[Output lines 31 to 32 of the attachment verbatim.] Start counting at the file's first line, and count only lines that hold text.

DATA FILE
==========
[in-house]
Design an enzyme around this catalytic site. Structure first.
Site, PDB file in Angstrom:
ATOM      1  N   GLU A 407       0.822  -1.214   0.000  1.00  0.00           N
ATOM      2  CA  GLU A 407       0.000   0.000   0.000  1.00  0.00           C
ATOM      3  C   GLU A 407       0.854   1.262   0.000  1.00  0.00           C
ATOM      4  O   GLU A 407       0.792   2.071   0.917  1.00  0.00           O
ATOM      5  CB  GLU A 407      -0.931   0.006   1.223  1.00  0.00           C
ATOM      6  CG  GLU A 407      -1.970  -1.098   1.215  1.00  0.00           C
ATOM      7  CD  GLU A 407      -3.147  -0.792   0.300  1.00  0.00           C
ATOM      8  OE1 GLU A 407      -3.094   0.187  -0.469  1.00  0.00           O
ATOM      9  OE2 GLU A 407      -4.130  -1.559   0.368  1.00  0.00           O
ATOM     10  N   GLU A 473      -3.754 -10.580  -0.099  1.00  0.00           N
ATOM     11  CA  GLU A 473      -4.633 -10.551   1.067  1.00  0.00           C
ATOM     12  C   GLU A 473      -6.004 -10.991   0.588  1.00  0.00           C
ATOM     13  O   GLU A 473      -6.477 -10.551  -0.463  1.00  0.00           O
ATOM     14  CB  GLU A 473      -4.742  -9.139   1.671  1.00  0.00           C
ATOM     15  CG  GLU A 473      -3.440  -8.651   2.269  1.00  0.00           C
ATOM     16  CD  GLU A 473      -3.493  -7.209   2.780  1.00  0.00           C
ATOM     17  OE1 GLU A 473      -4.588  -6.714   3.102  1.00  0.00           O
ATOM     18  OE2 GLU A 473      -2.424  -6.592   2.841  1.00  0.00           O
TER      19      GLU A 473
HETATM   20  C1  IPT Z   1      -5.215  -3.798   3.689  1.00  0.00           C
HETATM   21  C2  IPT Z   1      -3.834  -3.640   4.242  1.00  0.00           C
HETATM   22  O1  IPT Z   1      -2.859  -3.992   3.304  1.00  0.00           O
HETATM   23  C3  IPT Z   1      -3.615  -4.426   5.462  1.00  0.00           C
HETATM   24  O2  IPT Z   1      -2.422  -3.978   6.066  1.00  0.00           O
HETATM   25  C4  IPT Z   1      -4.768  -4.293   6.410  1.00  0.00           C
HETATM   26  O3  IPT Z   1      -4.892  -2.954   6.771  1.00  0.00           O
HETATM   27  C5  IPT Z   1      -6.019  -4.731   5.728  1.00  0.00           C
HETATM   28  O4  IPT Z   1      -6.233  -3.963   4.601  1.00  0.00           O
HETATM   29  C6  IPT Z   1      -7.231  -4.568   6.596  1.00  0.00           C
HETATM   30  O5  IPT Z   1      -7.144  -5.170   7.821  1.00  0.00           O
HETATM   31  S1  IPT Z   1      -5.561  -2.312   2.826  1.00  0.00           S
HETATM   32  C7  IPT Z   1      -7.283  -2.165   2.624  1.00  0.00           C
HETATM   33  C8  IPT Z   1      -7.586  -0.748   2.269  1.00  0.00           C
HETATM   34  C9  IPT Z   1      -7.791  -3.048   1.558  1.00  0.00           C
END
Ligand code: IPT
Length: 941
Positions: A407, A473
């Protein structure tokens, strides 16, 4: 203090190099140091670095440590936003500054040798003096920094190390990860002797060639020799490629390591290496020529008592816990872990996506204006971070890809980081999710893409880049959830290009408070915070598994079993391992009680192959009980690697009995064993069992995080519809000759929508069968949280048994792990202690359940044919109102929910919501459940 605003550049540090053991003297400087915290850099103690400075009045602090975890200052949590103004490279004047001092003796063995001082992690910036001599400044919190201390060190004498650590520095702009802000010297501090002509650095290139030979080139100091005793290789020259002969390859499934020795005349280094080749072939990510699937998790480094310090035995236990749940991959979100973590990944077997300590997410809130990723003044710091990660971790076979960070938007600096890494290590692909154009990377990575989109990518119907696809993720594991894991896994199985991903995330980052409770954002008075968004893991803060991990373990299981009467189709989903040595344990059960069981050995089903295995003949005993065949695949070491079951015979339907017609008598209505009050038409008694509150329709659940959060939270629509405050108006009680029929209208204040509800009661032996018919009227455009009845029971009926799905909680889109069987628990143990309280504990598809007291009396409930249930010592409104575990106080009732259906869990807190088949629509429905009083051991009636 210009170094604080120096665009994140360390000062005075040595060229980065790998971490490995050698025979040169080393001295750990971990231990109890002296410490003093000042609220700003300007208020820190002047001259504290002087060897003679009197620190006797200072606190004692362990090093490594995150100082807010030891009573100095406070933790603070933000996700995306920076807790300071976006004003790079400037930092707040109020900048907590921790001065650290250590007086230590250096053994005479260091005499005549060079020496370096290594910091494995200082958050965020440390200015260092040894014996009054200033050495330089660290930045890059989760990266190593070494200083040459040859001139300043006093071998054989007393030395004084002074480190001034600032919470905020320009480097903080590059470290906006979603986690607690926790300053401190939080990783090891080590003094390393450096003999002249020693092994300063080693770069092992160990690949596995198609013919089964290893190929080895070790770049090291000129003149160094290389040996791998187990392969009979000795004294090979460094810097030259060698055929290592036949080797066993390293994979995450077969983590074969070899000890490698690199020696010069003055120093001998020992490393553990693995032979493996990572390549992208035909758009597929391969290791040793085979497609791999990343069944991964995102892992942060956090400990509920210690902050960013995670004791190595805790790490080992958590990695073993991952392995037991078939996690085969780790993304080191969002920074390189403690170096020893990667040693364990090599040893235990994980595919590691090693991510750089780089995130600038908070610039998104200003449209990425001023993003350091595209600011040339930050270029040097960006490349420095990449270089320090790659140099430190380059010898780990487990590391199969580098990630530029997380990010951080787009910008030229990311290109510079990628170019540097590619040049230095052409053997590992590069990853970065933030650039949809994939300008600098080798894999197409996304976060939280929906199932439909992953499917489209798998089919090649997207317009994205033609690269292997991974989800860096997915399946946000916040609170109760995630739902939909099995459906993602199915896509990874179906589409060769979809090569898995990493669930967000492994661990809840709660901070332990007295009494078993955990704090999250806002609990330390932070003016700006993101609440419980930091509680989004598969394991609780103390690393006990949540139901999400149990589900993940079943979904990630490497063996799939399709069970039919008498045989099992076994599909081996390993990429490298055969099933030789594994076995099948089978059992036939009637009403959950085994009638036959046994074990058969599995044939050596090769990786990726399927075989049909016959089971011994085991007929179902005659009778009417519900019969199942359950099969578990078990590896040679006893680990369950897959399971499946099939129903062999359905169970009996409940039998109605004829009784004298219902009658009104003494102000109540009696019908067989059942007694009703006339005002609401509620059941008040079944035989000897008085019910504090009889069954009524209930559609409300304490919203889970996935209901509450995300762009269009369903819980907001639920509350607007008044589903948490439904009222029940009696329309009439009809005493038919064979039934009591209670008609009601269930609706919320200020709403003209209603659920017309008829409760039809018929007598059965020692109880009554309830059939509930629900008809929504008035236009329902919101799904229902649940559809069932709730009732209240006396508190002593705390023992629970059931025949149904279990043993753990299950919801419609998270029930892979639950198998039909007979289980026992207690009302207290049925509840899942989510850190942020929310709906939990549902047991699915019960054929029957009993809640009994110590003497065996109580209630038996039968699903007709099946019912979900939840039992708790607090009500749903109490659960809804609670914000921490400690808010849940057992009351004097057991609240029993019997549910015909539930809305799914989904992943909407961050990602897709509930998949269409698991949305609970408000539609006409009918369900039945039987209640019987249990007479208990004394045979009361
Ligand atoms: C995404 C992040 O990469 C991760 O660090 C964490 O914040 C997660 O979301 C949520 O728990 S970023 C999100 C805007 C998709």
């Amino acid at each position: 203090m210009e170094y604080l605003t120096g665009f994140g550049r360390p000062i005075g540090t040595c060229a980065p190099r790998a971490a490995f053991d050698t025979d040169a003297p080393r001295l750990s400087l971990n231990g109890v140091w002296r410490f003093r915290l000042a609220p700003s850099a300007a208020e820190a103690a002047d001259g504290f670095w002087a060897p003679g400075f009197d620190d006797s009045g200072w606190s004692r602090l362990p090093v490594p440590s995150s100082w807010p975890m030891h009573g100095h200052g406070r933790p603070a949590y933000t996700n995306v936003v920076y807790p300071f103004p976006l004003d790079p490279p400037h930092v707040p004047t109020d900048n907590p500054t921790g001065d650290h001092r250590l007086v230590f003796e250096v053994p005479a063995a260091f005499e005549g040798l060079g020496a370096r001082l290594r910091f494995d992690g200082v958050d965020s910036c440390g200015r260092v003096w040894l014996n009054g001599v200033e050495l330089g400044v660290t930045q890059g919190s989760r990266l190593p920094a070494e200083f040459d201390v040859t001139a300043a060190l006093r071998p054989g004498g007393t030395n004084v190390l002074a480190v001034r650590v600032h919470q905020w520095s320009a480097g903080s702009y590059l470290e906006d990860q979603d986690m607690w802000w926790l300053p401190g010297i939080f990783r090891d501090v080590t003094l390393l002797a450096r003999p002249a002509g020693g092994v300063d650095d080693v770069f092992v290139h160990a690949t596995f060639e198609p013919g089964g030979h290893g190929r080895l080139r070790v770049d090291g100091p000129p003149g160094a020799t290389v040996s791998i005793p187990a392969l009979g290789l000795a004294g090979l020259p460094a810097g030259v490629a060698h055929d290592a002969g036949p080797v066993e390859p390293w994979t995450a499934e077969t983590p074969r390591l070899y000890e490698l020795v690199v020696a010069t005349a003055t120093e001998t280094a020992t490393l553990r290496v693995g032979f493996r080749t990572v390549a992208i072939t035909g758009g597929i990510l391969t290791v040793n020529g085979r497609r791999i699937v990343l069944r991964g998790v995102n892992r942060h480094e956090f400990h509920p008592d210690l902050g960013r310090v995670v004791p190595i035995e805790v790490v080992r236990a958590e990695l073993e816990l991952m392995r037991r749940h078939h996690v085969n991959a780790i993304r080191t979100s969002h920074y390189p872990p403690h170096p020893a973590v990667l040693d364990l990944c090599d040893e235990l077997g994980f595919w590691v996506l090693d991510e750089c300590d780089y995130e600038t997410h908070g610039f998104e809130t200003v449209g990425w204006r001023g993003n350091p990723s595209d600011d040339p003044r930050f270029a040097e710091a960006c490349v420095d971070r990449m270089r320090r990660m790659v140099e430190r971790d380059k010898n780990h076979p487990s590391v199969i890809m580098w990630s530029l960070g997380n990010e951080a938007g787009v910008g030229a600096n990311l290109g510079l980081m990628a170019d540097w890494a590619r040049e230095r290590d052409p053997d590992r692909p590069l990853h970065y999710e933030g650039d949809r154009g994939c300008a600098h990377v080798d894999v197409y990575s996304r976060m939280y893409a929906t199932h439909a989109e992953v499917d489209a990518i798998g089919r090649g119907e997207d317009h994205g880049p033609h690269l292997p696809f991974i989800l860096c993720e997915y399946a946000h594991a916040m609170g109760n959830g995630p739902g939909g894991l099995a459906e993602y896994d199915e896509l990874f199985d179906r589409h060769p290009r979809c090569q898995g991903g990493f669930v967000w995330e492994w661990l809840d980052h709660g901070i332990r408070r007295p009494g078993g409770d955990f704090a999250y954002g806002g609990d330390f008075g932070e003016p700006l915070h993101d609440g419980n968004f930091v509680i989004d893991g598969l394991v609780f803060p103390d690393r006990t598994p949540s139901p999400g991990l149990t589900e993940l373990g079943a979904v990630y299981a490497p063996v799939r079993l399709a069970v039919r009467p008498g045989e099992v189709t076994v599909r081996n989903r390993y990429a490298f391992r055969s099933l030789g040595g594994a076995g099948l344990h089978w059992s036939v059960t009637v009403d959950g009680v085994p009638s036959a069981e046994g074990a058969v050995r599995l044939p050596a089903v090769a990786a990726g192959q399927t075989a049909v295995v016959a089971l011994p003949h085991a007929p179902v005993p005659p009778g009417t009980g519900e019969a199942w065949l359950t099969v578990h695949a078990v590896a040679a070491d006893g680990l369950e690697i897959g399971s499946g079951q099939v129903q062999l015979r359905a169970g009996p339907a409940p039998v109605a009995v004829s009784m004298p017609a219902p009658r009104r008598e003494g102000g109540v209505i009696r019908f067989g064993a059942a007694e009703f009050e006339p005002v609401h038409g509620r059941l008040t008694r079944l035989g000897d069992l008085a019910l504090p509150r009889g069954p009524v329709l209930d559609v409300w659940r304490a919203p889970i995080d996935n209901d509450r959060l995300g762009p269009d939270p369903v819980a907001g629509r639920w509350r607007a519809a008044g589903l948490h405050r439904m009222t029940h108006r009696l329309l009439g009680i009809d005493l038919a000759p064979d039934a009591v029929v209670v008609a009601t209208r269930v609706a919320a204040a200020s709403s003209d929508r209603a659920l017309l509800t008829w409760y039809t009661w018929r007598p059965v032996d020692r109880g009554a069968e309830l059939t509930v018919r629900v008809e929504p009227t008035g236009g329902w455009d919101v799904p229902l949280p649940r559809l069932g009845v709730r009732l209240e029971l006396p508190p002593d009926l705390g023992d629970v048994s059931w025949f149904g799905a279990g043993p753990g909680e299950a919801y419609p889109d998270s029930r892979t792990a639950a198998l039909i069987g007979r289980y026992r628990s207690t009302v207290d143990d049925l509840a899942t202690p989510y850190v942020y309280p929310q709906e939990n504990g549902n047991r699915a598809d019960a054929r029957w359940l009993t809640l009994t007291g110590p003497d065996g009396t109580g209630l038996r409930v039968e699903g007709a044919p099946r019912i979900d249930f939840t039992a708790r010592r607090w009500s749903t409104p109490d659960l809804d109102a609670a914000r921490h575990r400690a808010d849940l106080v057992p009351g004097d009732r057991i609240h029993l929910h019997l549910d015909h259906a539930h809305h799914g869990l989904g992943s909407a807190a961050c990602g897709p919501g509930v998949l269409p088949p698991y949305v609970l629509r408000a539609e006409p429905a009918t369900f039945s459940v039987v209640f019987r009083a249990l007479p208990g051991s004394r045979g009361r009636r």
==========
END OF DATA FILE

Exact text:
HETATM   28  O4  IPT Z   1      -6.233  -3.963   4.601  1.00  0.00           O
HETATM   29  C6  IPT Z   1      -7.231  -4.568   6.596  1.00  0.00           C